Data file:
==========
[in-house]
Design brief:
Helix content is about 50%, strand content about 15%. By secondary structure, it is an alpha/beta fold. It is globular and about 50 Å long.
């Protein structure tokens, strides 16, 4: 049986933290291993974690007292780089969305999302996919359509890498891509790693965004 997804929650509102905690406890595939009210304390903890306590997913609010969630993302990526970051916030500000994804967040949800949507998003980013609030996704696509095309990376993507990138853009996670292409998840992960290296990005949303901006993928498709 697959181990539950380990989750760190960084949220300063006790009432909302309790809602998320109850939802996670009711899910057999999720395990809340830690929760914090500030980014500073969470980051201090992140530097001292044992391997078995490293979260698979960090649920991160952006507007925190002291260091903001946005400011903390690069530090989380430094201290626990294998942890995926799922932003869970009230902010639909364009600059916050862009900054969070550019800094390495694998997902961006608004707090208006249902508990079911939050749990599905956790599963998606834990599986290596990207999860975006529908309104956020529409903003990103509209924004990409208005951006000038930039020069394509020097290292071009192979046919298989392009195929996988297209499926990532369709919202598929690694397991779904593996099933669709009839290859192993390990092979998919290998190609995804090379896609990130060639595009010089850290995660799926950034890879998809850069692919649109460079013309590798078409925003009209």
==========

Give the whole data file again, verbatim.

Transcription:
[in-house]
Design brief:
Helix content is about 50%, strand content about 15%. By secondary structure, it is an alpha/beta fold. It is globular and about 50 Å long.
């Protein structure tokens, strides 16, 4: 049986933290291993974690007292780089969305999302996919359509890498891509790693965004 997804929650509102905690406890595939009210304390903890306590997913609010969630993302990526970051916030500000994804967040949800949507998003980013609030996704696509095309990376993507990138853009996670292409998840992960290296990005949303901006993928498709 697959181990539950380990989750760190960084949220300063006790009432909302309790809602998320109850939802996670009711899910057999999720395990809340830690929760914090500030980014500073969470980051201090992140530097001292044992391997078995490293979260698979960090649920991160952006507007925190002291260091903001946005400011903390690069530090989380430094201290626990294998942890995926799922932003869970009230902010639909364009600059916050862009900054969070550019800094390495694998997902961006608004707090208006249902508990079911939050749990599905956790599963998606834990599986290596990207999860975006529908309104956020529409903003990103509209924004990409208005951006000038930039020069394509020097290292071009192979046919298989392009195929996988297209499926990532369709919202598929690694397991779904593996099933669709009839290859192993390990092979998919290998190609995804090379896609990130060639595009010089850290995660799926950034890879998809850069692919649109460079013309590798078409925003009209």